By this time, she was ready to marry Chuck Stokes who also worked at the TV station and the two of them moved to Myrtle Beach where they took various jobs until Diane landed a show called “Southern Style” with Cox Cable (later TimeWarner and now Spectrum). That show made Diane a household name in the area and it ran on the air for 27 years. She and Chuck also went out on a limb, borrowed money and started their own video business called Stages Video Productions of which she is the president.
When “Southern Style” ended, Diane found another niche in radio and for the next decade worked for EASY Radio. She currently has a TV show with HTC called “Inside Out” with Chuck as director.
THE IMPACT OF VOLUNTEERING
While Diane is known for her media work over the last 46 years, she is probably best known for her giving heart. Throughout her career, she has volunteered to emcee hundreds of nonprofit events without pay.
Volunteering for nonprofits began very early in Diane’s life. Through high school and college, she volunteered for the March of Dimes, which eventually led to a small salary and title as first executive director for the Horry and Georgetown county division of the March of Dimes. She hosted the first big telethon in the area for the American Heart Association. During a time when nonprofits were less competitive and more respectful of each other’s events, she said, she was able to help more than one nonprofit.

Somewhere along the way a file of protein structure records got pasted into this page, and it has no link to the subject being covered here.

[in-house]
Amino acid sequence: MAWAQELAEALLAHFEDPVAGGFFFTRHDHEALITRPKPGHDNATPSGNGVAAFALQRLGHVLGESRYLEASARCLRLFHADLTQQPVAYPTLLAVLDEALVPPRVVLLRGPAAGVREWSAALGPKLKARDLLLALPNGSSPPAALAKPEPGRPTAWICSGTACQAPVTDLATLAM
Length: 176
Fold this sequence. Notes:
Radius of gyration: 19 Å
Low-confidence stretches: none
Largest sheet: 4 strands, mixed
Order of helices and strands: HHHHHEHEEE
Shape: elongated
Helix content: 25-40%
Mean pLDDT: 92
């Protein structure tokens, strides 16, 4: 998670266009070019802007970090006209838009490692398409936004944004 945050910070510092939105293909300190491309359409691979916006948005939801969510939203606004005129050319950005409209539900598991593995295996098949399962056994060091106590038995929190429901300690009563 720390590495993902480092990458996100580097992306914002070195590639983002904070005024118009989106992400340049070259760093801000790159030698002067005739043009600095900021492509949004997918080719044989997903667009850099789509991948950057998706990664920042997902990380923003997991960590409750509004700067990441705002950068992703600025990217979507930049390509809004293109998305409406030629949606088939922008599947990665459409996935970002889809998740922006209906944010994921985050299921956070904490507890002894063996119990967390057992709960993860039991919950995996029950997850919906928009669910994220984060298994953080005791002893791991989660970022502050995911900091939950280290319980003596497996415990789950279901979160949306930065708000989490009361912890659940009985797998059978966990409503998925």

As a recognized local media personality who has been called the “Emcee Queen,” Diane emceed for the Myrtle Beach Sun Fun Festival for 25 years, hosted the National Shag Dance Championships for the last 31 years, and has appeared—often with Chuck—in numerous productions of the Theatre of the Republic, the community theater in Conway.
For the last 15 years, Diane has been emcee for the Pawleys Island Festival of Music and Art.
She has been an activist in the area for keeping the arts alive serving on numerous committees, including 23 years on the City of Myrtle Beach Arts and Cultural Events Advisory Committee. She is also an elder at First Presbyterian Church of Myrtle Beach.
Her community involvement is almost endless and has been an integral part of her life.
“I learned early on it is very important to give back. In high school and college I was always doing philanthropic things,” she said. In fact, in her early days, Diane says she did more free work than she did paying jobs.
“It just made me feel blessed,” she said. Last year alone, she emceed some 60 events and continues to share her talents freely with many nonprofits like the Grand Strand Humane Society and serves as TV spokesperson for the Horry Georgetown Home Builders Association, Easton Industries and Back Pack Buddies.
“I feel that I am incredibly blessed. You are successful when you live in a place you want to live and do what you love every day,” she said.
About volunteering, she said, “It’s the right thing by God; it’s the right thing for community; and it’s the right thing for your heart!”